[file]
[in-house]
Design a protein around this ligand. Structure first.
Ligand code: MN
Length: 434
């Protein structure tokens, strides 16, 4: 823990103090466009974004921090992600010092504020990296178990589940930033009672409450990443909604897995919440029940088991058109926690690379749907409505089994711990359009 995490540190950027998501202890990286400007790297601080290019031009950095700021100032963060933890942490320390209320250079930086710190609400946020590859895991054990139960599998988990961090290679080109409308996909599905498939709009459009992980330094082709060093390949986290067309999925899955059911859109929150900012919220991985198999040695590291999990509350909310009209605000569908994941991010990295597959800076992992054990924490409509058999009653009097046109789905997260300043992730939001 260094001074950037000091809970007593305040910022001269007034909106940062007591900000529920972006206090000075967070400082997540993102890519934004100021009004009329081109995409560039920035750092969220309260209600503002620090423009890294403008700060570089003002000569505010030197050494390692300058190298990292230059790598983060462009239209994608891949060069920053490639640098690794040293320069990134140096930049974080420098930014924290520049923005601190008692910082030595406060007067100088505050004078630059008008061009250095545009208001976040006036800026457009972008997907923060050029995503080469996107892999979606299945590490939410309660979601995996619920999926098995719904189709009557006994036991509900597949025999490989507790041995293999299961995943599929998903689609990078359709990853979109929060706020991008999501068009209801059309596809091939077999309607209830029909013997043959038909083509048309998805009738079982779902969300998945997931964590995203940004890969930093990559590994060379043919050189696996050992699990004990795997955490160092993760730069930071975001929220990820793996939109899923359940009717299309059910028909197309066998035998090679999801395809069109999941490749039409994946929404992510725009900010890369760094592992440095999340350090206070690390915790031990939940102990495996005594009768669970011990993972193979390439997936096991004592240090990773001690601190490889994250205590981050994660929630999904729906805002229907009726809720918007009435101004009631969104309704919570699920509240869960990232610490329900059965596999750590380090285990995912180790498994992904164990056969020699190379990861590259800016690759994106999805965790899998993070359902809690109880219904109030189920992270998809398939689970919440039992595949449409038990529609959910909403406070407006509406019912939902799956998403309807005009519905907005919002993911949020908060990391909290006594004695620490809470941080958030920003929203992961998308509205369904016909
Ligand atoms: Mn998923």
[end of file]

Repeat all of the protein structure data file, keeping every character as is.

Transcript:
[in-house]
Design a protein around this ligand. Structure first.
Ligand code: MN
Length: 434
């Protein structure tokens, strides 16, 4: 823990103090466009974004921090992600010092504020990296178990589940930033009672409450990443909604897995919440029940088991058109926690690379749907409505089994711990359009 995490540190950027998501202890990286400007790297601080290019031009950095700021100032963060933890942490320390209320250079930086710190609400946020590859895991054990139960599998988990961090290679080109409308996909599905498939709009459009992980330094082709060093390949986290067309999925899955059911859109929150900012919220991985198999040695590291999990509350909310009209605000569908994941991010990295597959800076992992054990924490409509058999009653009097046109789905997260300043992730939001 260094001074950037000091809970007593305040910022001269007034909106940062007591900000529920972006206090000075967070400082997540993102890519934004100021009004009329081109995409560039920035750092969220309260209600503002620090423009890294403008700060570089003002000569505010030197050494390692300058190298990292230059790598983060462009239209994608891949060069920053490639640098690794040293320069990134140096930049974080420098930014924290520049923005601190008692910082030595406060007067100088505050004078630059008008061009250095545009208001976040006036800026457009972008997907923060050029995503080469996107892999979606299945590490939410309660979601995996619920999926098995719904189709009557006994036991509900597949025999490989507790041995293999299961995943599929998903689609990078359709990853979109929060706020991008999501068009209801059309596809091939077999309607209830029909013997043959038909083509048309998805009738079982779902969300998945997931964590995203940004890969930093990559590994060379043919050189696996050992699990004990795997955490160092993760730069930071975001929220990820793996939109899923359940009717299309059910028909197309066998035998090679999801395809069109999941490749039409994946929404992510725009900010890369760094592992440095999340350090206070690390915790031990939940102990495996005594009768669970011990993972193979390439997936096991004592240090990773001690601190490889994250205590981050994660929630999904729906805002229907009726809720918007009435101004009631969104309704919570699920509240869960990232610490329900059965596999750590380090285990995912180790498994992904164990056969020699190379990861590259800016690759994106999805965790899998993070359902809690109880219904109030189920992270998809398939689970919440039992595949449409038990529609959910909403406070407006509406019912939902799956998403309807005009519905907005919002993911949020908060990391909290006594004695620490809470941080958030920003929203992961998308509205369904016909
Ligand atoms: Mn998923």